"No," said the old man; "they paid for the turnips."
"What did they pay?"
"They gave me this goat."
"That skinny old goat! I have three already, and the worst of them is better than that."
"It has a cold in the head," said the old man.
"Worse than ever!" screamed the hag.
"Wait a minute," said the old man as quickly as he could to stop her scolding. – "Sneeze, goat."
And the goat began to sneeze gold pieces in all directions. The woman threw herself after the gold pieces, picking them up like an old hen picking up corn. As fast as she picked them up more gold pieces came showering down on her like heavy gold hail, beating her on her head and her hands as she grubbed after those that had fallen already.
"Stop sneezing, goat," said the old man; and the goat stood there tired and panting. But the woman did not look up until she had gathered everyone of the gold pieces, and then she said, –
"There's no supper for you. I've had supper already."
The old man said nothing. He tied up the goat to the doorpost of the house, where it could eat the green grass. Then he went into the house and lay down, and fell asleep at once, for he was an old man and had done a lot of walking.
As soon as he was asleep the woman untied the goat and took it away and hid it in the bushes, and tied up one of her own goats instead. "They were my turnips," she said to herself, "and I don't see why he should have a share in the gold." Then she went in, and lay down grumbling to herself.
Early in the morning she woke the old man. "Get up to the dovecote and see how my turnips are getting on."
The old man got up and rubbed his eyes, and climbed up the rickety stairs, creak, creak, creak, holding on with both hands, till he came to the top of the house, to the top of the tower, to the top of the dovecote, and looked at the turnips.
He was afraid to come down, for there were hardly any turnips left at all. And when he did come down, the scolding the woman gave him was worse than the other two scoldings rolled into one.
The old man put both hands to his ears and hobbled away into the forest, as fast as he could hobble, till he came to the hut under the pine trees. This time the little queer children were not hiding under the blankets or in the stove, or chattering in the hut. They were all over the roof, dancing and crawling about. Some of them were sitting on the chimney. And everyone was playing with a turnip. As soon as they saw the old man they all came tumbling off the roof, one after another, head over heels, like a lot of peas rolling off a shovel.
"We took the turnips!" they shouted, before the old man could said anything at all.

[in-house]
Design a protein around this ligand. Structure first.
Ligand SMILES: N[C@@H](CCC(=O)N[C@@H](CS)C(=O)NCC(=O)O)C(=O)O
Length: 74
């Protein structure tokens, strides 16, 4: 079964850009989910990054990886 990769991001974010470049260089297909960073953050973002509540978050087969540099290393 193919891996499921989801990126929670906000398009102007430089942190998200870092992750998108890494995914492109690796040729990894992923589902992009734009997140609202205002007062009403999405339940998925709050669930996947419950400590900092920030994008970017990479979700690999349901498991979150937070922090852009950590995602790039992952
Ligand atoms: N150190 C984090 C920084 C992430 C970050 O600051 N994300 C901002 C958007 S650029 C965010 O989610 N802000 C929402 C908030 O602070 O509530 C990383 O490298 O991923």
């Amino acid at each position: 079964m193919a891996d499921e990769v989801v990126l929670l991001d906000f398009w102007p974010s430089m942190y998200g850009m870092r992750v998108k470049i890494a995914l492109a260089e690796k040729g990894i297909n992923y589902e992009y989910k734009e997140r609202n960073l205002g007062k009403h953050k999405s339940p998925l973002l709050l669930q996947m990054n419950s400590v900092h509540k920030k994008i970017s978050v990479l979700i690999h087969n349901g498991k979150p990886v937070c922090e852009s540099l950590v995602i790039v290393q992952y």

"It figures," said the old man; "but that does not make it any better for me. And it is I who get the scolding when the turnips disappear at night."
"Never again!" shouted the children.
"I'm glad to hear that," said the old man.
"And we'll pay for the turnips."
"Thank you kindly," said the old man. He hadn't the heart to be angry.
Three or four of them ran into the hut and came out again with a wooden whistle, a regular pipe, such as shepherds use. They gave it to the old man, but he said. "Unfortunately I don't know one tune from another; and if I did, my old fingers are as stiff as oak twigs."
"Blow in it," cried the children, and all of them came crowding round, laughing and chattering and whispering to each other. "Is he going to blow in it?" they asked. "He is going to blow in it."
How they laughed!
The old man took the whistle, gathered his breath and blew in the whistle as hard as he could. Before he could take the whistle from his lips, three lively whips had slipped out of it and were beating him, although there was nobody to hold them. Phew! phew! phew! The three whips came down on him one after the other.
"Blow again!" the children shouted to him. "Blow again – quick, quick, quick! – and tell the whips to get into the whistle."
The old man did not wait to be told twice, for his back was sore. He blew for all he was worth, and at once the three whips stopped beating him. "Into the whistle!" he cried; and the three lively whips shot up into the whistle like three snakes going into a hole.
"You take that home," cried the children. "That'll pay for the turnips, and put everything right."
"Who knows?" said the old man. He thanked the children and set off home through the green forest.
"Goodbye," cried the little queer children. As soon as he had started for home they were up again on the roof of the hut, jumping over each other and dancing and crawling about, and rolling each other down the roof and climbing up again, as if they had been doing nothing else all day.
The old man hobbled home through the green forest with the whistle stuck safely away into his shirt. As soon as he came to the door of the hut, the woman, who was sitting inside counting the gold pieces, jumped up and started her scolding.